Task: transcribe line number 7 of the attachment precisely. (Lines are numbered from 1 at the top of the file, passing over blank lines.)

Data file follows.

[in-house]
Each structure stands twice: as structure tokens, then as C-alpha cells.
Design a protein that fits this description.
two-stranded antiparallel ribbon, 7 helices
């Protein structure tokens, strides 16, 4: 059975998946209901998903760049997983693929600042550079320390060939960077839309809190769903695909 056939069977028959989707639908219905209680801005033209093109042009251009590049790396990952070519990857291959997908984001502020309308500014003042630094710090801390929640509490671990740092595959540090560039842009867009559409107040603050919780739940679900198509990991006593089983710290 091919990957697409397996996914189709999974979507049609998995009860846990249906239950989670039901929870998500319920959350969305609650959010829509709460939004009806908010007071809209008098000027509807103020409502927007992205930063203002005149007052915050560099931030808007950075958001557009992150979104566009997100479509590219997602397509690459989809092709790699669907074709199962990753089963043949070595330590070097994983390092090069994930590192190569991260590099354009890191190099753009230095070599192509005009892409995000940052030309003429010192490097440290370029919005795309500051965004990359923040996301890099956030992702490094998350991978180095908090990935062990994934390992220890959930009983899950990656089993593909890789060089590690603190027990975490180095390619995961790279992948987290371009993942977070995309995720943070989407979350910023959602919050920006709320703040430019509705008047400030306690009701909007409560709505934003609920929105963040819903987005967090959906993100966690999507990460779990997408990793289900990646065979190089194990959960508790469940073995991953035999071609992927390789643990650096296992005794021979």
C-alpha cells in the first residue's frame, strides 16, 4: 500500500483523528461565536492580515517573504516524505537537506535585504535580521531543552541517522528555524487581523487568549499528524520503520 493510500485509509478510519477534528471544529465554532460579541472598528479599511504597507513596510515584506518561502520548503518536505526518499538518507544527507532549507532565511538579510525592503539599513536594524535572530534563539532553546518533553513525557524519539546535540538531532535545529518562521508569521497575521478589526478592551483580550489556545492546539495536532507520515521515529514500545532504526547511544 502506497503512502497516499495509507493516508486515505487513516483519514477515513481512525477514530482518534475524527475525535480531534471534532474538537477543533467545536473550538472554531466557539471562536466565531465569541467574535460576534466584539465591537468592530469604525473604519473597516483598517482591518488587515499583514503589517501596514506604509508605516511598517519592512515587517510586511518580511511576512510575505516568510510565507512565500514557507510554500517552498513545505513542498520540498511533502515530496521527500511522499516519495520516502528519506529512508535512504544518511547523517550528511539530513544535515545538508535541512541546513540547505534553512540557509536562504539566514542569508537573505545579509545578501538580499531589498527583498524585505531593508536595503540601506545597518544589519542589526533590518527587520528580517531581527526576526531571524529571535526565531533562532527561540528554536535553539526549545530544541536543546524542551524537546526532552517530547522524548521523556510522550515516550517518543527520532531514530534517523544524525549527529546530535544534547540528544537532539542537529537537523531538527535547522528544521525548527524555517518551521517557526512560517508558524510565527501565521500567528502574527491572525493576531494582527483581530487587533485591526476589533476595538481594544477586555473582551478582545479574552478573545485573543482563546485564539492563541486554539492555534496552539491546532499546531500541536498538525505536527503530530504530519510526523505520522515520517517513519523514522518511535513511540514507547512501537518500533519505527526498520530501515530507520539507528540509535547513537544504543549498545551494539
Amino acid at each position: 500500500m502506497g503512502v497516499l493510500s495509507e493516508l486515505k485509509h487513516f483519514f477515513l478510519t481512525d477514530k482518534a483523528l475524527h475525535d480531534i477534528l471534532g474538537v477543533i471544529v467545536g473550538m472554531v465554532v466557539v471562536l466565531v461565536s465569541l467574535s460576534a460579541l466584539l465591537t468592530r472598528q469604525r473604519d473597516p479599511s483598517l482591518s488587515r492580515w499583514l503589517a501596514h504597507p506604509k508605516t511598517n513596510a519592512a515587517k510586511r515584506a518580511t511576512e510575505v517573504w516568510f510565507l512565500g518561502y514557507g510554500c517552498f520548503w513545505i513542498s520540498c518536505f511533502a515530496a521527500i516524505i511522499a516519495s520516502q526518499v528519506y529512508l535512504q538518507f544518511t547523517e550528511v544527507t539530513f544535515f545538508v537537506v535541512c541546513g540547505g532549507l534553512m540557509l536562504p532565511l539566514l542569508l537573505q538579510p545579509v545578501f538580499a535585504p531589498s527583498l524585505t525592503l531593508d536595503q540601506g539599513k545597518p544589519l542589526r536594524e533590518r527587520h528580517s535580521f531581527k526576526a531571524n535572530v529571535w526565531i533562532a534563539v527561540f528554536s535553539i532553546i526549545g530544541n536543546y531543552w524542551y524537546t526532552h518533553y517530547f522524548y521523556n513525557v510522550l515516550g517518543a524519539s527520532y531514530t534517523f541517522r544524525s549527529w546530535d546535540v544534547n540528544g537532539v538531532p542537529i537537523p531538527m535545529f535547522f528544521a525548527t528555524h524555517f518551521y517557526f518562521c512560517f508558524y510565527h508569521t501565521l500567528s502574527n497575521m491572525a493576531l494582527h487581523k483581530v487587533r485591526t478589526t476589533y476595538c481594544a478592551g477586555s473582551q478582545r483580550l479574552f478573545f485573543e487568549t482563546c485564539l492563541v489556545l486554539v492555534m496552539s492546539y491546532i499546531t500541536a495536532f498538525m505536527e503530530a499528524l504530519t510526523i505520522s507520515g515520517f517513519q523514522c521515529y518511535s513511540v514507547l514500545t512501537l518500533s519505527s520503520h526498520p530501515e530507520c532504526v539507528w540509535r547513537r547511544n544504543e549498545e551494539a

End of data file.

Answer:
Amino acid at each position: 500500500m502506497g503512502v497516499l493510500s495509507e493516508l486515505k485509509h487513516f483519514f477515513l478510519t481512525d477514530k482518534a483523528l475524527h475525535d480531534i477534528l471534532g474538537v477543533i471544529v467545536g473550538m472554531v465554532v466557539v471562536l466565531v461565536s465569541l467574535s460576534a460579541l466584539l465591537t468592530r472598528q469604525r473604519d473597516p479599511s483598517l482591518s488587515r492580515w499583514l503589517a501596514h504597507p506604509k508605516t511598517n513596510a519592512a515587517k510586511r515584506a518580511t511576512e510575505v517573504w516568510f510565507l512565500g518561502y514557507g510554500c517552498f520548503w513545505i513542498s520540498c518536505f511533502a515530496a521527500i516524505i511522499a516519495s520516502q526518499v528519506y529512508l535512504q538518507f544518511t547523517e550528511v544527507t539530513f544535515f545538508v537537506v535541512c541546513g540547505g532549507l534553512m540557509l536562504p532565511l539566514l542569508l537573505q538579510p545579509v545578501f538580499a535585504p531589498s527583498l524585505t525592503l531593508d536595503q540601506g539599513k545597518p544589519l542589526r536594524e533590518r527587520h528580517s535580521f531581527k526576526a531571524n535572530v529571535w526565531i533562532a534563539v527561540f528554536s535553539i532553546i526549545g530544541n536543546y531543552w524542551y524537546t526532552h518533553y517530547f522524548y521523556n513525557v510522550l515516550g517518543a524519539s527520532y531514530t534517523f541517522r544524525s549527529w546530535d546535540v544534547n540528544g537532539v538531532p542537529i537537523p531538527m535545529f535547522f528544521a525548527t528555524h524555517f518551521y517557526f518562521c512560517f508558524y510565527h508569521t501565521l500567528s502574527n497575521m491572525a493576531l494582527h487581523k483581530v487587533r485591526t478589526t476589533y476595538c481594544a478592551g477586555s473582551q478582545r483580550l479574552f478573545f485573543e487568549t482563546c485564539l492563541v489556545l486554539v492555534m496552539s492546539y491546532i499546531t500541536a495536532f498538525m505536527e503530530a499528524l504530519t510526523i505520522s507520515g515520517f517513519q523514522c521515529y518511535s513511540v514507547l514500545t512501537l518500533s519505527s520503520h526498520p530501515e530507520c532504526v539507528w540509535r547513537r547511544n544504543e549498545e551494539a